international film festival.
But while Pather Panchali and other Ray films have continued to win acclaim at home and abroad - more abroad than home - Neecha Nagar, made during the last phase of the freedom movement (1945-46) with all the restrictions the British could enforce, was never released commercially in India.
The film was the highlight of a three-week long retrospective of films by Chetan Anand at the India International Centre here that ended Thursday.<b1>
Viewed six decades later, it carries the impact of that era's turmoil of a people in the throes of the independence movement. A Gandhi cap-wearing protagonist and his charkha-(spinning wheel) wielding friend were subtle touches that escaped the British censors.
Socialism was very much the flavour and Chetan Anand and his group were part of the Indian People's Theatre Association (IPTA), a prominent left-leaning cultural outfit.
The film depicted the sufferings and struggles of Neecha Nagar - the name deriving from a low-lying city suburb - against a tyrant who diverts water supply to make profits and then opens a hospital to nurse those stricken by consuming contaminated water.
It had Zohra Segal, who at 94 continues to regale the cinegoer with her 'youthful' presence in many a Bollywood film even today.
The film's heroine and Chetan Anand's wife Uma Anand, who still has the same tall and slim frame except that she carries a walking stick at 80-plus, has scripted a memorable tribute to her husband - Chetan Anand - The Poetics of Film.
The tribute has been turned into a film by elder son Ketan Anand, who has put together a collage of interviews with Hema Malini, Mahesh Bhatt and many who worked with or admired the work of Chetan Anand.<b2>
Brilliantly anchored by Tom Alter, the 90-minute film was well received by European cineastes recently.
Chetan Anand was the first in the family to move from his home in Gurdaspur, Punjab, to become part of Bollywood, to be followed by Dev Anand. Incidentally, Chetan Anand's retrospective preceded the release of Dev Anand's memoir, Romancing With Life"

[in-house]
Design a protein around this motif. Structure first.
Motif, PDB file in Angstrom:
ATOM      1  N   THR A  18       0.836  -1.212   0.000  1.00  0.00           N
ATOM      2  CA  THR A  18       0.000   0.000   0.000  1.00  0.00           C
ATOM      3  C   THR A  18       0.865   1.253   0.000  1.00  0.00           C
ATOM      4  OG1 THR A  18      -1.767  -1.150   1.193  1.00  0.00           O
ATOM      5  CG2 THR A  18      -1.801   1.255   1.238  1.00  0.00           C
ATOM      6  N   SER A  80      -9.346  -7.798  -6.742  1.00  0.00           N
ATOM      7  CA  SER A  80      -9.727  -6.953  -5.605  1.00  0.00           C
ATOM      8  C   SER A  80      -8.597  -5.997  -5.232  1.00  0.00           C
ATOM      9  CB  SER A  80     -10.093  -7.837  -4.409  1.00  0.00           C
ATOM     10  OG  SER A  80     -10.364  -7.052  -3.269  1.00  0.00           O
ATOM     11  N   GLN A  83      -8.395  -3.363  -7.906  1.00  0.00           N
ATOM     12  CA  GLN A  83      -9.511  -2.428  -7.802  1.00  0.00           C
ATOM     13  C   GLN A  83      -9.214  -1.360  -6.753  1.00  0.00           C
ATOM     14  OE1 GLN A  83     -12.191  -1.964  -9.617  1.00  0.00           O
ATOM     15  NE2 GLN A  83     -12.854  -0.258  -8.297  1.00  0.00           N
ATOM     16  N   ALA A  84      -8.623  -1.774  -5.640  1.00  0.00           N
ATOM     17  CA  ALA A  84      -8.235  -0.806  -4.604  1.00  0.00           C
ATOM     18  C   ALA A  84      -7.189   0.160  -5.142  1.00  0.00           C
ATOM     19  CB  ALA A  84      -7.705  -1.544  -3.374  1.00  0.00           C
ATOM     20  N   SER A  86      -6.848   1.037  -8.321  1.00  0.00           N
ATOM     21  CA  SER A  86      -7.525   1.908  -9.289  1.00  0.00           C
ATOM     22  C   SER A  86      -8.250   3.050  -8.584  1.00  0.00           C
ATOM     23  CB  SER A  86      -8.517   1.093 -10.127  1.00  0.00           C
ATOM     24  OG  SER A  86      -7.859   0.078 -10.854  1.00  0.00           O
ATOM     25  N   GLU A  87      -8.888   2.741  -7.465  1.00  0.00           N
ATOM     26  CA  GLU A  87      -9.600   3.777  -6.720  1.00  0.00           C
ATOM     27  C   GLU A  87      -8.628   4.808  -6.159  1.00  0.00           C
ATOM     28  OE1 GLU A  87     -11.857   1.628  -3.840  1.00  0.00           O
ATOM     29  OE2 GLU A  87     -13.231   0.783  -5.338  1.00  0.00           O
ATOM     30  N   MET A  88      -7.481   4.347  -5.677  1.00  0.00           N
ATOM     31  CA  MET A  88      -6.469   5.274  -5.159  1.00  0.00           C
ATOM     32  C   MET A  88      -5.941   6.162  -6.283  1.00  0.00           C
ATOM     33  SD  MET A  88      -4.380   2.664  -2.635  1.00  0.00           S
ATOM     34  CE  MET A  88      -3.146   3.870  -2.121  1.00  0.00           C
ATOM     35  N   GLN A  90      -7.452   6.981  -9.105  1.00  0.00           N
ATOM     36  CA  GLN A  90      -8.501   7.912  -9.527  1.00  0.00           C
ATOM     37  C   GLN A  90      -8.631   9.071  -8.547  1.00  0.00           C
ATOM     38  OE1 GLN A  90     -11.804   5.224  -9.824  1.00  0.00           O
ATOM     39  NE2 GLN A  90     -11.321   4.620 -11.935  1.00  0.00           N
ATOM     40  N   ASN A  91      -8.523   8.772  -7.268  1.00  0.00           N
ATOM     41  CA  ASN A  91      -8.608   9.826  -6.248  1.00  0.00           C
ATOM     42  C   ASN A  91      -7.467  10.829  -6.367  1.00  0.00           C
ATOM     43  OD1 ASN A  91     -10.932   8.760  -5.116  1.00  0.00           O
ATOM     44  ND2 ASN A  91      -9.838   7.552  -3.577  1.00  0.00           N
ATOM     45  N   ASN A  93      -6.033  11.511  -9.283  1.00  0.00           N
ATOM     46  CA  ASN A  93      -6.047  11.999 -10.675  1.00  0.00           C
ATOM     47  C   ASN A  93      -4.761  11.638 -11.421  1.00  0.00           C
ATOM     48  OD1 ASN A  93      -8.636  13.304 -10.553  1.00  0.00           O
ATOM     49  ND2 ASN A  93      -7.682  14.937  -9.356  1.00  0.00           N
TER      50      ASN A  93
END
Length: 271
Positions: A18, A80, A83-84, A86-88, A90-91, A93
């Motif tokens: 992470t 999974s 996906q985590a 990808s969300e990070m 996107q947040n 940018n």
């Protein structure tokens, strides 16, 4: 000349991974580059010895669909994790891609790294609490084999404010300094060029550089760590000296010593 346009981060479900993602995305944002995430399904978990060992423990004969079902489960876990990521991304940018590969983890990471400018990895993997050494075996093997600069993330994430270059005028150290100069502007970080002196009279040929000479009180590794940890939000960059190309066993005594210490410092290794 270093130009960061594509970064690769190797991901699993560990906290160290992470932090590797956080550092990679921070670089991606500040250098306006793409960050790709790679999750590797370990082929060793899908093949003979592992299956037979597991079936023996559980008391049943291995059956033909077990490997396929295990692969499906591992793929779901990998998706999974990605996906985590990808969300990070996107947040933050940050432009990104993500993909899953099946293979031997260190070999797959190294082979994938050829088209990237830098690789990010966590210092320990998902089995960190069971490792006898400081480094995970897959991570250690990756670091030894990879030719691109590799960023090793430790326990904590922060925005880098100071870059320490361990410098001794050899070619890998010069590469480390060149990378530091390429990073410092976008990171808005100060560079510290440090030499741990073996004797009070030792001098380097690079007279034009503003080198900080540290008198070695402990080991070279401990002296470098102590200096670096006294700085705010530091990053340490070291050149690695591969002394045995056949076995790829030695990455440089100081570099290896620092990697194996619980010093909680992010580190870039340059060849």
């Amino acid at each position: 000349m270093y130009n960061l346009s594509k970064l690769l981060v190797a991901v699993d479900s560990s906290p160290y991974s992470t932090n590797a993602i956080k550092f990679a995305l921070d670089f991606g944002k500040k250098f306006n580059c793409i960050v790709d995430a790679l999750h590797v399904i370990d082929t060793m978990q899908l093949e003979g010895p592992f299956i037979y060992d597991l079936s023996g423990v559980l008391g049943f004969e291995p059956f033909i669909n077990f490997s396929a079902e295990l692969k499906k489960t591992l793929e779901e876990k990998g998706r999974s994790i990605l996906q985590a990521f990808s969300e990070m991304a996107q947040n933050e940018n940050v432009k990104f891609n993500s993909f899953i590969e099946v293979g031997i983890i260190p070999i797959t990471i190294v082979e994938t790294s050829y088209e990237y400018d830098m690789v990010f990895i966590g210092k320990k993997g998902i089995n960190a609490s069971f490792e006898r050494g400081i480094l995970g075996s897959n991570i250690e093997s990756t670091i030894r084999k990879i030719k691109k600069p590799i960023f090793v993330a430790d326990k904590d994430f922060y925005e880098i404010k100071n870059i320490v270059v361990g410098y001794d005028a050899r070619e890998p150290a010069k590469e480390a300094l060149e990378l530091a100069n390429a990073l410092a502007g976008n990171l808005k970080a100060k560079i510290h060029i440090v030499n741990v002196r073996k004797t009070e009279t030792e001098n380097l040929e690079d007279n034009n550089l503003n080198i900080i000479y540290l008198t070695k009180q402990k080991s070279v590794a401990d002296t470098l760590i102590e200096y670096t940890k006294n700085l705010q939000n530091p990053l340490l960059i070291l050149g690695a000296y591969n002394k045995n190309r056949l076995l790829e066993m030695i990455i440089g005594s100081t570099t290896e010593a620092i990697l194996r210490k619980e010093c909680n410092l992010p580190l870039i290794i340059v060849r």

If Dev Anand has recalled 62 years of 'romancing' with cinema in his book, Chetan Anand's films span 32 years of creativity that contributed significantly to the "golden age" of Indian cinema.
The most significant part of the Anands is that although the brothers - the youngest being the late Vijay Anand - worked together and separately at different times, each had a unique style, a different approach to the medium and, in more sense than one, a different world view.
All three breathed cinema and engaged in its various departments for long years. But Chetan Anand remained the visionary and writer-director, Dev Anand the actor and Vijay Anand, essentially a director.
The six films screened at India International Centre here this month show Chetan Anand's wide sweep from mysticism (Anjali - 1956) that he imbibed while studying in an ashram in Hardwar at the foothills of the Himalayas.
An abandoned toddler lost in labyrinthine Mumbai captivated audiences for over two hours in Aakhri Khat (1967), which was a unique experiment.
His admiration of Jawaharlal Nehru, with whom he empathised after the 1962 India-China conflict, his love for the mountains and the army led him to make Haqeeqat that remains a pioneer in its genre.
Chetan Anand's cinematic experiments also include Heer Ranjha (1970), written totally in verse by Kaifi Azmi that remains evergreen. It captured the rural Punjab of a bygone era depicted by Waris Shah.
Most Chetan Anand films had memorable songs -- lyrics by Kaifi Azmi and music by Madan Mohan, who combined songs seeped deeply in Hindustani classical music with fast-paced Western background score.
Like K. Asif's Mughale-e-Azam and B.R. Chopra's Naya Daur, Haqeeqat is to be colourised to show to the new century's youth what war means to a nation, Ketan Anand said.